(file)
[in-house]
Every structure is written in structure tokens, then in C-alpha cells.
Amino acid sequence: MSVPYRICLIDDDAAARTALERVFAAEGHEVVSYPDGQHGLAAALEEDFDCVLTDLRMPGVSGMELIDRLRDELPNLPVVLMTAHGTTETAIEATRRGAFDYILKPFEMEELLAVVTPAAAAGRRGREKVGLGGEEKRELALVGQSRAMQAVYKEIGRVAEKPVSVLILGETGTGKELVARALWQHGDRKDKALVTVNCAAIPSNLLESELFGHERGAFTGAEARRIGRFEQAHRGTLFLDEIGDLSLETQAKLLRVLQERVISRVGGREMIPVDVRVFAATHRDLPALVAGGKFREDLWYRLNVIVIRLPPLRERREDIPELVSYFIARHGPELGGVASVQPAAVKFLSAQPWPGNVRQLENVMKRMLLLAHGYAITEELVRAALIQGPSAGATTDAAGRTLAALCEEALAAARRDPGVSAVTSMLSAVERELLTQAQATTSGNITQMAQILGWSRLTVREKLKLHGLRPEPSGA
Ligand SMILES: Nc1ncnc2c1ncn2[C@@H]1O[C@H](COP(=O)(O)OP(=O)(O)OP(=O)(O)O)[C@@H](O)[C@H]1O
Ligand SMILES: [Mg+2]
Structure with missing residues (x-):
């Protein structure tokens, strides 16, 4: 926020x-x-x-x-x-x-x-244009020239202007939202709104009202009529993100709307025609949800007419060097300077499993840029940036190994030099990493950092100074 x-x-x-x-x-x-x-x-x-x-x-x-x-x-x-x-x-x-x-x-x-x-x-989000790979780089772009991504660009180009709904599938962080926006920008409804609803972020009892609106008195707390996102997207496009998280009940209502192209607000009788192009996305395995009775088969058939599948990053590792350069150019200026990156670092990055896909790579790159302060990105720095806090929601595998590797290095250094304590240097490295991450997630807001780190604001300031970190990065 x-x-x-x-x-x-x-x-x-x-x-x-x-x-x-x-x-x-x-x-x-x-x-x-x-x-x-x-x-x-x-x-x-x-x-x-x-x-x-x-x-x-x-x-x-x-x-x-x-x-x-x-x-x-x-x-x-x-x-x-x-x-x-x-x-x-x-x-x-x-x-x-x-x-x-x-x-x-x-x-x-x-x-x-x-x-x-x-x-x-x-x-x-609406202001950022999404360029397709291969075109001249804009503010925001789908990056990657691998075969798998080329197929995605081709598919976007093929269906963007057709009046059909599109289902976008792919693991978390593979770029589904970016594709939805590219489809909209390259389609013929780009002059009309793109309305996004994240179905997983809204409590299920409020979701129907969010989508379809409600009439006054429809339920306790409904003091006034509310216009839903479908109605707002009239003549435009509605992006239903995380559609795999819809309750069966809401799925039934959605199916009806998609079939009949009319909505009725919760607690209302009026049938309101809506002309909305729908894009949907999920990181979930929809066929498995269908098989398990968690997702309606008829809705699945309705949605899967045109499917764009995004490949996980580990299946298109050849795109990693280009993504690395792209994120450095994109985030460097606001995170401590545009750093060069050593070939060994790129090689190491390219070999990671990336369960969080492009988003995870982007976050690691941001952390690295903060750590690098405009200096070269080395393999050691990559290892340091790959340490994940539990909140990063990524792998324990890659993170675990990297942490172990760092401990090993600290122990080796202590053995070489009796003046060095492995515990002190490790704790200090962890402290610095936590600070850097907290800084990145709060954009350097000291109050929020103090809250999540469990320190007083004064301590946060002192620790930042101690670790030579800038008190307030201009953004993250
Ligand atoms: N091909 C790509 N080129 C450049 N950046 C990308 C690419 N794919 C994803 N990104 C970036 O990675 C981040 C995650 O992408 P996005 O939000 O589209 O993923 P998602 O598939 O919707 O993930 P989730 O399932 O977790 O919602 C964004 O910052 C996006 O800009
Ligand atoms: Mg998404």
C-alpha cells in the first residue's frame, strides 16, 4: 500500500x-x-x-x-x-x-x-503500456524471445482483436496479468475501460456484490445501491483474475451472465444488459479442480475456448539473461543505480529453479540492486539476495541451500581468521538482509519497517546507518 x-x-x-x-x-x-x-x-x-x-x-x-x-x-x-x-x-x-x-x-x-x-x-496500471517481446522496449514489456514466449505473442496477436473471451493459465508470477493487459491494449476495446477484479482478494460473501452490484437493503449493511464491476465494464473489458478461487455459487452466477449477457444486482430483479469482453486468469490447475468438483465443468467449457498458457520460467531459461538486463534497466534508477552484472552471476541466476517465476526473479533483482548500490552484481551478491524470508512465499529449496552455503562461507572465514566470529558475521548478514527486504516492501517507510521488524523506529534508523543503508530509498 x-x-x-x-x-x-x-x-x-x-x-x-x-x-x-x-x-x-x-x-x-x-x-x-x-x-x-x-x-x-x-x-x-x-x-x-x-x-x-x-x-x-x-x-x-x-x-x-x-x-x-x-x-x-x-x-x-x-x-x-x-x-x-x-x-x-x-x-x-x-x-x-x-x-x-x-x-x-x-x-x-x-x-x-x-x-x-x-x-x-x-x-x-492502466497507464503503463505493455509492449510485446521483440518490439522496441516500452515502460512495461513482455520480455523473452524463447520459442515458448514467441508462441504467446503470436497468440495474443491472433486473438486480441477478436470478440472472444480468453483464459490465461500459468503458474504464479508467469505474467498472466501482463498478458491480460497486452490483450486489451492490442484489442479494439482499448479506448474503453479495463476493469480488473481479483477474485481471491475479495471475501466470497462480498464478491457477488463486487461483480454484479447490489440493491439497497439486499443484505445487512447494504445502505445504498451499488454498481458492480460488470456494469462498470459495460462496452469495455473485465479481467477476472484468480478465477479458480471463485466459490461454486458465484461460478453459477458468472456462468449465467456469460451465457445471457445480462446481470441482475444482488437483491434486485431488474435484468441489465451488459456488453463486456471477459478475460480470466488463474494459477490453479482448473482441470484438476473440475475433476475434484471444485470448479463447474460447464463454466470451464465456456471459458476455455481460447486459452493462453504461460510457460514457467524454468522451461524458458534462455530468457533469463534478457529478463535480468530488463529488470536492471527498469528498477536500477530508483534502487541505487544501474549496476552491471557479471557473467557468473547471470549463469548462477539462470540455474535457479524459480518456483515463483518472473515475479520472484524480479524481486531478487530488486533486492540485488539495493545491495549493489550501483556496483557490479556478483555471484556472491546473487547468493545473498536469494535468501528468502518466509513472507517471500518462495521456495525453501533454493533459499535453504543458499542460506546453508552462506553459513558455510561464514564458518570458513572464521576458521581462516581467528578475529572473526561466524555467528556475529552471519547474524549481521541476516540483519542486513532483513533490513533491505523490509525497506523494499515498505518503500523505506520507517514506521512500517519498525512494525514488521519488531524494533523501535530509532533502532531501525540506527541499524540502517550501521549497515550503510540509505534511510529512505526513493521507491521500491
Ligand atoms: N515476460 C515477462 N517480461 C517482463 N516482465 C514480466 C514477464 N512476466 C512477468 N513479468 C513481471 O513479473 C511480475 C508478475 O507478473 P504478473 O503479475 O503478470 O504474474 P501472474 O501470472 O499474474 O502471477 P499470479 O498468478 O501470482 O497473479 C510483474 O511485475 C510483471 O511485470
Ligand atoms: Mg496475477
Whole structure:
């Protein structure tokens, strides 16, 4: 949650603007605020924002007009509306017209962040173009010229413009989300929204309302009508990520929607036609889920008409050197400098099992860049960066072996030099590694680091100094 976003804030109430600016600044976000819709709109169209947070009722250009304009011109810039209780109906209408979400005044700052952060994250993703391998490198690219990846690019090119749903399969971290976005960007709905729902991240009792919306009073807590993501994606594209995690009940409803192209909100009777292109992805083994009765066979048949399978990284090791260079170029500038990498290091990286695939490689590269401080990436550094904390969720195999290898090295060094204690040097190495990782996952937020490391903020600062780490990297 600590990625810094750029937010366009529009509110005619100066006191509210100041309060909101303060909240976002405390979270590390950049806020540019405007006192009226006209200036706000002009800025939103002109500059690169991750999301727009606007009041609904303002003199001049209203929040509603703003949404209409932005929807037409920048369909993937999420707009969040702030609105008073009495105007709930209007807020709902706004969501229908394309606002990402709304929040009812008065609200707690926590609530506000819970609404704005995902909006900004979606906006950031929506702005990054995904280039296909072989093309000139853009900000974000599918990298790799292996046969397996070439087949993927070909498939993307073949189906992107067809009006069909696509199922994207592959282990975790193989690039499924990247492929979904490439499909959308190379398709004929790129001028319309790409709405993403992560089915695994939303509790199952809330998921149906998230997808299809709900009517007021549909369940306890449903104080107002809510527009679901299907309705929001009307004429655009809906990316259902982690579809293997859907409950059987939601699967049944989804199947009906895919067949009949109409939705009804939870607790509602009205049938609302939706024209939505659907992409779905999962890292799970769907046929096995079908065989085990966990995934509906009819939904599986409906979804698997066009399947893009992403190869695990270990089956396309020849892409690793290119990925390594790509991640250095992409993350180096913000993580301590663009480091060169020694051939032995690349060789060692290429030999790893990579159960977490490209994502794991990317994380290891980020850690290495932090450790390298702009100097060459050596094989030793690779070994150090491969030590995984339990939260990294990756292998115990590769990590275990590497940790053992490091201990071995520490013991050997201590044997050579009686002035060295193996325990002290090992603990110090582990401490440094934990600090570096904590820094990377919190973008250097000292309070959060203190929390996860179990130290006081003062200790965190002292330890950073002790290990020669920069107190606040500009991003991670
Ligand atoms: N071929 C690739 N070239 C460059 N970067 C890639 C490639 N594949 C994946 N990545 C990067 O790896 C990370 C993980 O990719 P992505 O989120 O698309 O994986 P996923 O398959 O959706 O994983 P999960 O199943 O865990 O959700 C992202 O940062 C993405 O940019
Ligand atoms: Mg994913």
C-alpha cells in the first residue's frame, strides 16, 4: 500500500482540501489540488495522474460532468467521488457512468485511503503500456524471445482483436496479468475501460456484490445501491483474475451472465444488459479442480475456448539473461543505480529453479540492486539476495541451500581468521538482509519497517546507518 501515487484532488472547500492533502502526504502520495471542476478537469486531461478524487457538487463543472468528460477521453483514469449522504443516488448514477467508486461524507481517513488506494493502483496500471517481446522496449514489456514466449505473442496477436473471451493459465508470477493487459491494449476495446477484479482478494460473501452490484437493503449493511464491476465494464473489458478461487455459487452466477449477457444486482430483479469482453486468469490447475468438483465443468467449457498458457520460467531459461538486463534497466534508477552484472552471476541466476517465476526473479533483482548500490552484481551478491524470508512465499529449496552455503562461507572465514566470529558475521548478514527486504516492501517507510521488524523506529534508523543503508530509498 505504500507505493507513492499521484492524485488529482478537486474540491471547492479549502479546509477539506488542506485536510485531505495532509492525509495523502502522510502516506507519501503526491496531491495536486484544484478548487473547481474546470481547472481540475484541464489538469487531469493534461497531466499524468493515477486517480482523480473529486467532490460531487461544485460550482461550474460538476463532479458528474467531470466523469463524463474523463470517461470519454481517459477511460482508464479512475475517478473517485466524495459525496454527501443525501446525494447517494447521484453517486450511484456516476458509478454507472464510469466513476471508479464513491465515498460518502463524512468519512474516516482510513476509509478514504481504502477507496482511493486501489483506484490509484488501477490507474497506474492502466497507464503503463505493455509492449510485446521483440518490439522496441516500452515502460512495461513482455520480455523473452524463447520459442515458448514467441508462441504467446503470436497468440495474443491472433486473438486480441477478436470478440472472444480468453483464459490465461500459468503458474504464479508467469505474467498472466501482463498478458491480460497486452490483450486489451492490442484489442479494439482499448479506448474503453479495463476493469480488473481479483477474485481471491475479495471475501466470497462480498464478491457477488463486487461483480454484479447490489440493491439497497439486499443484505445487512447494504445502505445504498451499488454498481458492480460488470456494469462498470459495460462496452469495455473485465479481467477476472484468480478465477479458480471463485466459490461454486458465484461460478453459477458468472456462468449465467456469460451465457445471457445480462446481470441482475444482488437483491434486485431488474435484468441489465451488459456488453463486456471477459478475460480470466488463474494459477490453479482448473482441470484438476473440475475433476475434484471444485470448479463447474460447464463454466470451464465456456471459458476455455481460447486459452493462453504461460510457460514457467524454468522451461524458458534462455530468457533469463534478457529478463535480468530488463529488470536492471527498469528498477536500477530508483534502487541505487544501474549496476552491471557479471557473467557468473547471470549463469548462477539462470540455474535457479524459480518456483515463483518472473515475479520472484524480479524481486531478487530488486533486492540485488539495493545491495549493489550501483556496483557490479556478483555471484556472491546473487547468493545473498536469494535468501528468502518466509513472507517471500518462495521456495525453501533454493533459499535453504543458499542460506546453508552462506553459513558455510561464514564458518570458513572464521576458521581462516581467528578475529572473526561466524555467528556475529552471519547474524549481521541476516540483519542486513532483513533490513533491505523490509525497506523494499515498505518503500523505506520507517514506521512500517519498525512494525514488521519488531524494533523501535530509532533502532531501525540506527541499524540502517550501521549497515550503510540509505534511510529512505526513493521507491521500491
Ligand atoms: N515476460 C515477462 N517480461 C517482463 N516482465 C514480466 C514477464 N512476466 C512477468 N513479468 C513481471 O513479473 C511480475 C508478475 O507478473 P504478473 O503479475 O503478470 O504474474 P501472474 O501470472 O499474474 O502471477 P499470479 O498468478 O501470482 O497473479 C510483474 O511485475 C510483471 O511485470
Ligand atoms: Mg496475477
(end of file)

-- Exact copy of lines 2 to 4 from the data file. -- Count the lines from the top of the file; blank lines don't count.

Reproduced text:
Every structure is written in structure tokens, then in C-alpha cells.
Amino acid sequence: MSVPYRICLIDDDAAARTALERVFAAEGHEVVSYPDGQHGLAAALEEDFDCVLTDLRMPGVSGMELIDRLRDELPNLPVVLMTAHGTTETAIEATRRGAFDYILKPFEMEELLAVVTPAAAAGRRGREKVGLGGEEKRELALVGQSRAMQAVYKEIGRVAEKPVSVLILGETGTGKELVARALWQHGDRKDKALVTVNCAAIPSNLLESELFGHERGAFTGAEARRIGRFEQAHRGTLFLDEIGDLSLETQAKLLRVLQERVISRVGGREMIPVDVRVFAATHRDLPALVAGGKFREDLWYRLNVIVIRLPPLRERREDIPELVSYFIARHGPELGGVASVQPAAVKFLSAQPWPGNVRQLENVMKRMLLLAHGYAITEELVRAALIQGPSAGATTDAAGRTLAALCEEALAAARRDPGVSAVTSMLSAVERELLTQAQATTSGNITQMAQILGWSRLTVREKLKLHGLRPEPSGA
Ligand SMILES: Nc1ncnc2c1ncn2[C@@H]1O[C@H](COP(=O)(O)OP(=O)(O)OP(=O)(O)O)[C@@H](O)[C@H]1O